It is also worth considering the relationship between edge computing and the 5g network as an alternative to older data centers, which will allow for faster development of AI or IoT-related applications.

Edge computing allows data to be processed closer to the source, reducing latency. This may lead to the development of mobile data centers, which can be easily accessible, for example, near major sporting events, concerts, etc. This solution can also eliminate network problems.

16.3 Sustainability

As businesses become more aware of climate change and are urged to take immediate action, data centers also need to incorporate sustainability into their strategies.

According to the Journal of Science, data centers accounted for 1% of total global energy use. However, the activity of data centers between 2010 and 2020 increased by 6 times, while the rate of power consumption did not increase in proportion to these numbers. This reflects advances in data center technology in the form of new CPU technologies and energy-saving storage solutions such as Non-Volatile Memory Express (NVMe).

However, future data centers are set to be more environmentally friendly. Demand for data storage will certainly not decrease, but data centers will grow and improve their use of data compression, duplication, and other ways to improve efficiency. An additional feature is that the cooling of modern data centers is done by liquids or so-called impenetrable systems. Air cooling, which has been used to date to maintain good server performance, consumes a large number of resources. Liquid cooling, on the other hand, allows for a rapid decrease in temperature and energy consumption and is often set as a closed natural cycle. Slightly cooler systems with the latest technology in terms of components that use less energy and tolerate higher temperatures will become more prominent in the future.

Future data centers are also being designed and optimized for optimal performance. A good example of this is Google, Facebook, and Amazon, who have purchased land in Sweden for the construction of data centers, as in a cool environment few resources are needed to cool the servers. Microsoft is taking a very unusual, but very promising route with Project Natick, exploring options for submitting underwater datacenters. Located at the bottom of the ocean, covered with depleted oxygen, moisture, and nodules, data centers can appear to thrive. At least the Naticks underwater data center with 864 servers and 27.6 decibate disk (approximately 27.6 million gigabytes) showed a failure rate of 1/8 of the global control group, according to Microsoft. And with natural sea water acting as a coolant, it will be a natural victory.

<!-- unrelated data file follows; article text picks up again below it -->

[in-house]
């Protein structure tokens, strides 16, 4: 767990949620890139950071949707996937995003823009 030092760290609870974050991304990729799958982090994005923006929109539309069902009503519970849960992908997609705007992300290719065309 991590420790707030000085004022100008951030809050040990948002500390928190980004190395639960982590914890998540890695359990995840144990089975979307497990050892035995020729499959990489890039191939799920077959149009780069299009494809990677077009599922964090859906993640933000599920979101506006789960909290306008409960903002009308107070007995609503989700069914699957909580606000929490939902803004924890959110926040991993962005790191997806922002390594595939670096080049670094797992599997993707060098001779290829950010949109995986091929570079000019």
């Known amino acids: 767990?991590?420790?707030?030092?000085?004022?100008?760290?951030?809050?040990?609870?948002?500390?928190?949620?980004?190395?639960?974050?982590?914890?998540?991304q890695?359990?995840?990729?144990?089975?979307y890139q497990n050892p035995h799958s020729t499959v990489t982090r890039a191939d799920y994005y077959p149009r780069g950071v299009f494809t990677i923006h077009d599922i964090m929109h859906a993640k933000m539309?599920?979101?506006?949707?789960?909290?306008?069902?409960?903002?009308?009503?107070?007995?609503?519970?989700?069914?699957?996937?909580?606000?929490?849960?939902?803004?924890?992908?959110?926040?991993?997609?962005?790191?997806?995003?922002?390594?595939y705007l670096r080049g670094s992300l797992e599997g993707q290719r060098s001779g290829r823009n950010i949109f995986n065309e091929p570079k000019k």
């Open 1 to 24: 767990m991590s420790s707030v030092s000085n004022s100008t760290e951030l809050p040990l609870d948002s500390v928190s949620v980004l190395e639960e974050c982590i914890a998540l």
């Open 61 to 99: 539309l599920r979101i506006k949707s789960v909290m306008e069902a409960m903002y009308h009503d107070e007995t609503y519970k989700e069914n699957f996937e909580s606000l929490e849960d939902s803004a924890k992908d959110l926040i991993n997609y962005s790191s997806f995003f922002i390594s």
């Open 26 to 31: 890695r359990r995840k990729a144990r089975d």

17 Data Center Design & Construction

Data centers are important to the web. They handle online storage tools. Includes server racks, multiple cables, and a list of other resources. Tools store information you find on websites and other online platforms. They have to stay and work well at all times, otherwise these stadiums will not be accessible. Data centers are designed to keep servers running and operating at the appropriate levels. The data center must meet certain requirements in order to be considered efficient and reliable. So, what really goes into data building and construction?

Here is a summary of five key elements that every data center needs to address.

  1. Power

Data centers use more power than developed countries. Globally, data centers use more than 200 terawatts per year. They need power to keep servers and other important things in place – power outages lead to costly downtime and resource damage.